NHS has paid for 'gender-confused' children to have puberty-delaying jabs… so they can have sex changes when they're older
Gender-identity disorder affects one in 4,000 BritonsCritics say puberty-delaying drugs could cause developmental problems
Six children in Britain will be given jabs to delay the puberty on the NHS because they are convinced they were born the wrong sex.
The injections – to be administered monthly – will postpone the physical changes of adolescence giving them more time to make decisions about their identity.
It will also make any sex-change operation far easier should they decide to permanently swap gender.
Gender identity: Children often want to wear clothes and play with toys meant for the opposite sex. Some grow out of it but others become transsexuals as adults (posed)
They suffer from a rare condition called gender-identity disorder (GID) that affects 1 in 4,000 Britons.
Children often want to wear clothes and play with toys meant for the opposite sex.
Although many grow out of it some will become transsexuals and undergo surgery or take hormones to change their gender.
The injections will be carried out at a clinic in North London run by the Tavistock and Portman NHS Foundation Trust as part of an NHS trial.
It will be the first time children of such a young age have ever been given this treatment.
Amy, 11, who renamed herself Charlie, is one of the children who has been accepted on the groundbreaking trial.
According to her parents Kathy and Jamie from Torbay, Amy was a tomboy from birth. She insisted on wearing boy's clothes, would cry if placed in a dress, and would only play with toy cards and Spiderman figures.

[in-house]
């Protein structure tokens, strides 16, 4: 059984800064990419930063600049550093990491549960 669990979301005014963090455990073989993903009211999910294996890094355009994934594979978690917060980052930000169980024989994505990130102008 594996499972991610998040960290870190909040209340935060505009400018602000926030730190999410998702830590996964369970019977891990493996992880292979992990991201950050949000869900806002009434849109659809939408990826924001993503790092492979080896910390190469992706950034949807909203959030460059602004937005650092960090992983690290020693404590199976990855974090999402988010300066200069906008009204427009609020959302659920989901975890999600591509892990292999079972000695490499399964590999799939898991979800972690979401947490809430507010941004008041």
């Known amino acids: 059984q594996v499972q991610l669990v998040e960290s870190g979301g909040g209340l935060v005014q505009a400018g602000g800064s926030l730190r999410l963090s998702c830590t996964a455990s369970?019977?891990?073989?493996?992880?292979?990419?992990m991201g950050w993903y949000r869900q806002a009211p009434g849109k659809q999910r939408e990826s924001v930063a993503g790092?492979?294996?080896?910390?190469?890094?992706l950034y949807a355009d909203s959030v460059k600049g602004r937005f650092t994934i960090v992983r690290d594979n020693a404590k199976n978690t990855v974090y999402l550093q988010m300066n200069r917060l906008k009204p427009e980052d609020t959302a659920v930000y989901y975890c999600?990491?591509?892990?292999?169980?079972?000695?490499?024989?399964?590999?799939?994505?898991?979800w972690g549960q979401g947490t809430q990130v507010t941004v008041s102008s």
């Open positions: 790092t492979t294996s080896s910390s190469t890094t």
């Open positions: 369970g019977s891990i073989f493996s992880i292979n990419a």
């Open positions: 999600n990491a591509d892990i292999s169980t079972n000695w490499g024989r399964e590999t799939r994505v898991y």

Her mother was not overly worried but at the age of five, Amy asked her: 'When is my willy going to grow'
Last September, on Charlie's insistence, Kathy allowed her daughter to start secondary school as a boy.
'I feel braver,' Charlie told The Sunday Times Magazine.
'Boys can be a bit braver than girls.'
Now with puberty looming, his mother agreed to pause the process using drugs.
'He cannot relate to his female body at all,' Kathy said.
'He's in denial.'
Until now the jabs have only been prescribed to those over 16. However, supporters point out that nearly a quarter of sufferers aged 11 to 15 harm themselves or attempt suicide.
The injections contain drugs called hypothalamic blockers which suppress their sex hormones delaying the onset of puberty.
In the past ten years they have been increasingly used in countries such as the US and the Netherlands to give children time to think about their identity.
However, endocrinologists have expressed concerns that blockers could impact on a teenager's cognitive abilities and bone density.
Meanwhie Dr Kenneth Zucker, a psychologist at a specialist children's gender clinic in Toronto, believes social conditioning may be playing a part.
He notes that children can find it hard to think in shades of grey – a boy who likes 'girlie' things can then assume he is a girl.
With enough therapy, Dr Zucker believes children with GID can think more flexibly about gender and become comfortable with their birth sex.
Dr Polly Carmichael, director of Tavistock's Gender Identity Development Service, agrees to some extent.
She told The Sunday Times Magazine: 'If there weren't pejoratives attached, for example, to boys who prefer more stereotypical girl-type activities and clothes – then it would be so much easier for these children to explore different ways of being without feeling they have to be physically one thing or the other.'